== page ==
June 19: Odisha chief minister Naveen Patnaik today sided with the NDA's presidential choice, while Opposition parties appeared to be gearing for a contest.
However, any public announcement will come only after a scheduled meeting of the Opposition leaders on June 22.
Naveen said: "Last time when the presidential elections were conducted, the BJD had proposed the name of P.A. Sangma, an eminent leader from the tribal community. Based on the BJD's request, many parties, including the BJP, had supported his nomination."
Naveen was the first leader to announce Sangma as the BJD's choice for the post. Later, the BJP and other parties had extended their support to Sangma.
"In this backdrop and the fact that Sri Ram Nath Kovind is an eminent lawyer belonging to the Scheduled Caste community, after discussing with the senior party leaders, the BJD has decided to support his candidature."
"The office of the President of India is above political considerations and the Biju Janata Dal wants to keep it above politics," Naveen said.
The Odisha chief minister had been asserting that his party was maintaining equal distance from the BJP and the Congress. Party sources made it clear that it would have given a wrong signal if the BJD had opposed a Dalit leader for the high post.
One overriding feeling among Opposition politicians today was that the government had not sincerely tried to evolve a consensus before announcing Bihar governor Ram Nath Kovind as its candidate.
The other was that the Opposition must not succumb to the government's Dalit card but field a contestant since, sources said, Kovind's Sangh background didn't sit well with expectations of a "neutral" President who would protect the constitutional scheme.
Soon after the Centre informed them about its choice, senior Opposition leaders had got in touch over the phone and decided they would reveal their strategy only after Thursday's scheduled discussions.
While Mayawati insisted that any Opposition candidate must be a Dalit too, not everyone warmed to the idea, advocating a contest based on ideology rather than caste identity. Thursday's meeting might pick a candidate.
Congress sources stressed that the Dalit factor should not affect the Opposition strategy, saying the government could not be allowed to manipulate the political discourse at its convenience. "It is the Opposition's duty to expose the government's hypocrisy (over Dalits)," a senior party functionary told The Telegraph.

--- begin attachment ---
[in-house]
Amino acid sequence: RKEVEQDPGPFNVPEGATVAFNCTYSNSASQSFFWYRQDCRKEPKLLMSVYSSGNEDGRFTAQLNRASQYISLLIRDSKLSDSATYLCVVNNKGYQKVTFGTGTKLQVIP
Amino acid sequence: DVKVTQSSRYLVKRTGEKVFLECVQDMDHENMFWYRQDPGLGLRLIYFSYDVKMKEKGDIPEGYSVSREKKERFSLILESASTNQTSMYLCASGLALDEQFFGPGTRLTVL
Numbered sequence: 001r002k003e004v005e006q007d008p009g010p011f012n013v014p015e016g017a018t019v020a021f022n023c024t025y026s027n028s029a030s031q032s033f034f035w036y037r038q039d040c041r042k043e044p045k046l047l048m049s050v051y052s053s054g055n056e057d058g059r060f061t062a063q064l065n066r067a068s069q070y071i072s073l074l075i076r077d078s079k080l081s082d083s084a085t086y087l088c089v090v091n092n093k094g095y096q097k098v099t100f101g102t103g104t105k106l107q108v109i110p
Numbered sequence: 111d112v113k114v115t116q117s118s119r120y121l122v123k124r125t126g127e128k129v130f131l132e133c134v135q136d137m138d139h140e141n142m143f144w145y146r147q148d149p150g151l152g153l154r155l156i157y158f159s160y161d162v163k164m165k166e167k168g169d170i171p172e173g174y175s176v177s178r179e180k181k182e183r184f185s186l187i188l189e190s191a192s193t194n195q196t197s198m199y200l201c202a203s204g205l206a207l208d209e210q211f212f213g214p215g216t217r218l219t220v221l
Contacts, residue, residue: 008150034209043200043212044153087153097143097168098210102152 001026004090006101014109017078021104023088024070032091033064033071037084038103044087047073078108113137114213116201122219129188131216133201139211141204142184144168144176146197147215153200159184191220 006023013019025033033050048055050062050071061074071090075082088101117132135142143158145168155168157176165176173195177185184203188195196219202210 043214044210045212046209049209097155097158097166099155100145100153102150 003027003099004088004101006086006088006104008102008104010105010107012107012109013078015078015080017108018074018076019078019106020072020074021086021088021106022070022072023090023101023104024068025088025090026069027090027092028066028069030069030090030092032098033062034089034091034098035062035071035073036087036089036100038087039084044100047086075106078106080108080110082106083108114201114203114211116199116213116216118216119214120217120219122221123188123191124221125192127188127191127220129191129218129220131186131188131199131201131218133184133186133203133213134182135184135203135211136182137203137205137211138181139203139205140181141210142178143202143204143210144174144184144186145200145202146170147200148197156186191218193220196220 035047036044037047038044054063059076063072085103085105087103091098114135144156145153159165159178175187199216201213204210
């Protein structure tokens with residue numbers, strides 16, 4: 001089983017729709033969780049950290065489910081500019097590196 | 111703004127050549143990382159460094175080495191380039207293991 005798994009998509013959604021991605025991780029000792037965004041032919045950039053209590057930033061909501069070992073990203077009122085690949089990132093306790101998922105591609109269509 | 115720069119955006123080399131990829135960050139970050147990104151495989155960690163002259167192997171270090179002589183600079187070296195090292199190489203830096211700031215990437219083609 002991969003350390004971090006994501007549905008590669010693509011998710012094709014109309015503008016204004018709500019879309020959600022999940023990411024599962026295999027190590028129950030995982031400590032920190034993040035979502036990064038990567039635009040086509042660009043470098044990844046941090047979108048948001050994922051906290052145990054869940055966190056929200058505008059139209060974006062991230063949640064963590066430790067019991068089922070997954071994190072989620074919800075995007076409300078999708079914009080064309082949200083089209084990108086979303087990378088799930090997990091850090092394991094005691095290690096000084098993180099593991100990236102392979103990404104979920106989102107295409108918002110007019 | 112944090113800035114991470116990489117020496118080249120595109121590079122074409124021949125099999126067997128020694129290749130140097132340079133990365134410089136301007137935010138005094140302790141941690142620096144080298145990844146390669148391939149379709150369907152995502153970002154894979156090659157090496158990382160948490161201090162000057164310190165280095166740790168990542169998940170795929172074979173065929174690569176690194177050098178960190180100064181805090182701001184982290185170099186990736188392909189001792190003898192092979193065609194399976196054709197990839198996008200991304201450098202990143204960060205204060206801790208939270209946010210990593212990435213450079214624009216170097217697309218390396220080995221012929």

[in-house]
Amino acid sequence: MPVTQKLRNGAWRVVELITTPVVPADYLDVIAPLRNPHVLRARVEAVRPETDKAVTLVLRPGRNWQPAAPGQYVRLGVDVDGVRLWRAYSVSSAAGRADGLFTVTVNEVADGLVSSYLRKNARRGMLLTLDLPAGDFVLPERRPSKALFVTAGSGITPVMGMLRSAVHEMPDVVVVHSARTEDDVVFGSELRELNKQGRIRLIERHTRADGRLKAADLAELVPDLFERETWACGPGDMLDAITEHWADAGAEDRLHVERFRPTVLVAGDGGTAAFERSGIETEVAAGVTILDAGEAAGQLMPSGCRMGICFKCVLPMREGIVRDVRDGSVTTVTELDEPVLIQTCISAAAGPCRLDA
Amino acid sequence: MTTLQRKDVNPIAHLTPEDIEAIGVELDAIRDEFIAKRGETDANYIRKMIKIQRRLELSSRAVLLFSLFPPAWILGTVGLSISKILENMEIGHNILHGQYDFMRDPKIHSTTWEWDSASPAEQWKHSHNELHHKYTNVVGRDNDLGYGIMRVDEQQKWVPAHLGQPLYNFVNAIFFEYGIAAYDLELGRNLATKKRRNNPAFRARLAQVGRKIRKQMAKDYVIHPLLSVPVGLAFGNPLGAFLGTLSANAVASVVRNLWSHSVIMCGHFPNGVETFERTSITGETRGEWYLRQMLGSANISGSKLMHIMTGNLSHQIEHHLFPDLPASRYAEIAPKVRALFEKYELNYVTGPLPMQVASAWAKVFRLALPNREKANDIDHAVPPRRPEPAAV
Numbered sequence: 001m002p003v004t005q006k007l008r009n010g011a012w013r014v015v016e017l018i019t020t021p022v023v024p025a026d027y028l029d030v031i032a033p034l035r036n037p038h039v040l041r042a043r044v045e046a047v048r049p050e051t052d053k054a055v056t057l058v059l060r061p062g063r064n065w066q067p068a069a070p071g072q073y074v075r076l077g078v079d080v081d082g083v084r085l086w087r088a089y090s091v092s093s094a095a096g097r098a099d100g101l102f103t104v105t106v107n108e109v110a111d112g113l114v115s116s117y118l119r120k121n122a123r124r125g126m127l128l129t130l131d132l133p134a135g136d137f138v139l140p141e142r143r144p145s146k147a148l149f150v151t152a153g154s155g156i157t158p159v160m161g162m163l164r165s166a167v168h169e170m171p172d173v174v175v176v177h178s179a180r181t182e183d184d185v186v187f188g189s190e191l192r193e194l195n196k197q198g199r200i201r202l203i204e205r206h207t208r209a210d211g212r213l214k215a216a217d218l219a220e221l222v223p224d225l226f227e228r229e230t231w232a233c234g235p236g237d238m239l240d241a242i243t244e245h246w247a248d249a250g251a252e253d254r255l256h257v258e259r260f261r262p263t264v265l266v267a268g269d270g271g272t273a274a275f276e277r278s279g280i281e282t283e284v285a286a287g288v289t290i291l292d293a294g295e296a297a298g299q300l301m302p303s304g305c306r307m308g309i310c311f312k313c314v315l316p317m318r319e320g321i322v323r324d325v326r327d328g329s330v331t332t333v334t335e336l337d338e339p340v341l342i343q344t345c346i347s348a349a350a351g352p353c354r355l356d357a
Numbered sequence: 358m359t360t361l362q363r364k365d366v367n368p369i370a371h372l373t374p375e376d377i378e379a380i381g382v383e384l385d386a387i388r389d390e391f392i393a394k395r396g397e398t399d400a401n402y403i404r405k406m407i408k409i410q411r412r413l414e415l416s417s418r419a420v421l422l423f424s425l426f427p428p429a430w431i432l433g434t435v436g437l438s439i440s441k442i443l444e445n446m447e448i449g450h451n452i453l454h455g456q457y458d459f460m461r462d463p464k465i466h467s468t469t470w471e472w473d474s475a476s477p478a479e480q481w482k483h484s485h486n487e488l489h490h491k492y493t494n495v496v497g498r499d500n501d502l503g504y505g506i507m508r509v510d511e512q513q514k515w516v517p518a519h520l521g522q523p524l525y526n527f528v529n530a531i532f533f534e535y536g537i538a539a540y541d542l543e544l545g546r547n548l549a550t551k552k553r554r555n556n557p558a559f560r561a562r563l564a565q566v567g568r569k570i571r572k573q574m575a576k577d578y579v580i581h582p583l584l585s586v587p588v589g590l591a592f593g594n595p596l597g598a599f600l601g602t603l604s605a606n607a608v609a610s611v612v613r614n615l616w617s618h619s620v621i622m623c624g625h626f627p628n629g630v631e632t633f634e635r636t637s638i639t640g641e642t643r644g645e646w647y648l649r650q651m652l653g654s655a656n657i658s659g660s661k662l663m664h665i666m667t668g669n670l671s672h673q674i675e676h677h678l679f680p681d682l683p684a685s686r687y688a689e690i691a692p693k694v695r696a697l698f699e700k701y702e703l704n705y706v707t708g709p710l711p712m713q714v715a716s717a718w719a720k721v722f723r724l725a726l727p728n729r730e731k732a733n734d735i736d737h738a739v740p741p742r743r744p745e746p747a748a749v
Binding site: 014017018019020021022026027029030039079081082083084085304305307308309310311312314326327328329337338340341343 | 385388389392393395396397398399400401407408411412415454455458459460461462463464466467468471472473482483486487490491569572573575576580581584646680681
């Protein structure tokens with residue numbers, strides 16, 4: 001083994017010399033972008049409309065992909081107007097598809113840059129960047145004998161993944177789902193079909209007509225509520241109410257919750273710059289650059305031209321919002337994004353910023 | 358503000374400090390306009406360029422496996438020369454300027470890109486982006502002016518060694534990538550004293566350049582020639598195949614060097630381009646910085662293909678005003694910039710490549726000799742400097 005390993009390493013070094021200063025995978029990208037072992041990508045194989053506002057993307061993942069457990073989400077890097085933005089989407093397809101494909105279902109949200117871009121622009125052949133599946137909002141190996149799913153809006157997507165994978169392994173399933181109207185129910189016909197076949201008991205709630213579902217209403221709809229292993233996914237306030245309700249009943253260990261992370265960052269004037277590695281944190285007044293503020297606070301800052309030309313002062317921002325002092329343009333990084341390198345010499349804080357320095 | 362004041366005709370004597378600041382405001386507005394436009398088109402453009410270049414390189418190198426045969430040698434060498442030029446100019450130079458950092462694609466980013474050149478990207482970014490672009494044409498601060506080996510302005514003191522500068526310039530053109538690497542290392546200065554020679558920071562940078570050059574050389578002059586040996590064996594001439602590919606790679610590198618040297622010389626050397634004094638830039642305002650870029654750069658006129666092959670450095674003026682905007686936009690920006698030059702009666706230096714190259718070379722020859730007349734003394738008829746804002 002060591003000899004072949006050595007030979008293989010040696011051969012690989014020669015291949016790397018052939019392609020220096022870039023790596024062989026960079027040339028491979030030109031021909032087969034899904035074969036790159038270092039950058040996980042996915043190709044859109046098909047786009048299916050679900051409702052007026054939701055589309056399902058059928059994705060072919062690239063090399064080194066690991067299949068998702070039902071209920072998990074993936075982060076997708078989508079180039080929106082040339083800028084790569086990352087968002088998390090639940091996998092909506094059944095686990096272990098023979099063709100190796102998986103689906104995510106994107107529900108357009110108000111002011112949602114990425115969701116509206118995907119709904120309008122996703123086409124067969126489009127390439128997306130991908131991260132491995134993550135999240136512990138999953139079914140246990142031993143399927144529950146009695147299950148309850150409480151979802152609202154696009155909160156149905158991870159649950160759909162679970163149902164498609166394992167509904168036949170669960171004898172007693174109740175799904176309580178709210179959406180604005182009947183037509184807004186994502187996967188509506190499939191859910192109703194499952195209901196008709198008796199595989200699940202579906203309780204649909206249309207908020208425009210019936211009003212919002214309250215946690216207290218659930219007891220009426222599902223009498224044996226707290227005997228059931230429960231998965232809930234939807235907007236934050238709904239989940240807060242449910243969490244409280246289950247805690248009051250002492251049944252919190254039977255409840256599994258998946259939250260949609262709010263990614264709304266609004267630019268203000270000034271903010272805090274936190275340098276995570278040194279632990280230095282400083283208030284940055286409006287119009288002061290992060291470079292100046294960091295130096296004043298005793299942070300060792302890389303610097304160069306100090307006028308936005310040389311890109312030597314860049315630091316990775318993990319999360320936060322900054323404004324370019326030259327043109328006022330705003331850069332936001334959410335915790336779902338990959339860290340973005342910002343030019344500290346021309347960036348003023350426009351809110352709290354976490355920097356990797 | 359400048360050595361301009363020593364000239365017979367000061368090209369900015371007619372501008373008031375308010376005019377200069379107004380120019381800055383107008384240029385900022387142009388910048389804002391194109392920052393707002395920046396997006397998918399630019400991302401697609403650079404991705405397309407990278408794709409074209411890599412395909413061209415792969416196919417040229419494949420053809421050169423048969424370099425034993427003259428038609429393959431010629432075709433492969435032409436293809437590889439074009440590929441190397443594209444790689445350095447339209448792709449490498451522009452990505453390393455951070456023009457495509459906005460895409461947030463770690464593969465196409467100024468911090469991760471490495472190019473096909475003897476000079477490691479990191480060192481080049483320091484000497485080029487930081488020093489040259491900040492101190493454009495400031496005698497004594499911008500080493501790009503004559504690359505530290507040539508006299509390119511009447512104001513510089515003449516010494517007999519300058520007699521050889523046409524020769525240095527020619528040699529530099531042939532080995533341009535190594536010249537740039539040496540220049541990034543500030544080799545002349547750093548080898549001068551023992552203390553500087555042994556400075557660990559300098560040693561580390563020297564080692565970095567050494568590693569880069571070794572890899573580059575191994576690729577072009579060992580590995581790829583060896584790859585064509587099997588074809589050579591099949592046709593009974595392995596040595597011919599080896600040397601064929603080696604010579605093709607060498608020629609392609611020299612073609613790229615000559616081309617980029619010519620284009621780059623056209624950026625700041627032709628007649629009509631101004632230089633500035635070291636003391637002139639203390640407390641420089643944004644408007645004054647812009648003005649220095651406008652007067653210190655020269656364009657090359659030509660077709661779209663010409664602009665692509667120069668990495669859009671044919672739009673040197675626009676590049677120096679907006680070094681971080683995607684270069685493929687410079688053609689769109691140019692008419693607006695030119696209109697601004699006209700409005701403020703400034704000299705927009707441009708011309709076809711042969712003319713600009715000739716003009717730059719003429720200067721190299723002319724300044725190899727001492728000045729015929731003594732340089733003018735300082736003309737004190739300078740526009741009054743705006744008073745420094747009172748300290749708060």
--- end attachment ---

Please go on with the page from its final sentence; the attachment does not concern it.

He cited some of the incidents that have given the BJP an anti-Dalit image - Rohith Vemula's suicide, the Saharanpur clashes - to say: "We can't let the BJP off the hook because of this trick."
Bihar chief minister Nitish Kumar's praise of Kovind's impartiality as governor and expression of "personal joy" at his selection created some confusion, but several Opposition leaders cautioned that social courtesies should not be mistaken for political statements.
Asked if the Bihar link could determine the stances of the Rashtriya Janata Dal (RJD) and the Janata Dal United, an Opposition politician said: "No way, not at all."
Opposition sources said that Nitish had initially been in two minds because of his "personal rapport" with Kovind and the governor's "caste", but was told firmly by the Congress, RJD and the CPM that such factors should not count. The sources said that Nitish appeared to have been convinced.
Sonia Gandhi called Nitish, Lalu Prasad, Sharad Pawar, Mamata Banerjee, Mayawati and other leaders to sound them out. She also discussed the BJP's choice with her party seniors.
"We hoped the government would try to evolve a consensus.... Now there is no scope for a consensus," Ghulam Nabi Azad said after the meeting.
"They are capable of taking unilateral decisions and they did. The consultation process was a PR exercise."
Mamata, Bengal chief minister and Trinamul leader, said: "To support someone, we must know the person. The candidate should be someone who will be beneficial for the country."
She said she was "not for a moment saying Kovind is unfit to be President" but added: "I have spoken to two-three other Opposition leaders, they are also surprised. There are other big Dalit leaders in the country. Just because he was the leader of the Dalit Morcha of the BJP they have made him the candidate."
She went on: "The office of the President is a key post. Someone of the stature of (current President) Pranab Mukherjee, or even Sushma Swaraj or (L.K.) Advaniji, may have been made the candidate."
CPM general secretary Sitaram Yechury argued that the presidential election was a political battle and referred to Kovind's Sangh background.
"The Dalit factor is not an issue as the BJP has been overtly anti-Dalit and is now trying to cover it up with this symbolism," the Nationalist Congress Party's Tariq Anwar said.
"I think there should be a contest but let's see what the collective decision is."
RJD spokesperson Manoj Jha said: "The unilateral announcement is against the idea of consensus. We desperately need a person who will protect the values enshrined in the Constitution."
Mayawati too objected to the unilateral announcement. "There are better Dalit candidates. K.R. Narayanan has been a Dalit President. An apolitical Dalit would have been a better option," she said.
"But we don't have any objection to (Kovind) as long as the Opposition does not propose a better, more popular Dalit candidate."
Mayawati's insistence on a Dalit alternative triggered a debate within the Opposition, and even some Congress politicians began talking of former Lok Sabha Speaker Meira Kumar and former home minister Sushil Kumar Shinde as possible nominees.
Some others, though, advocated an ideological fight by fielding someone like Gopal Krishna Gandhi.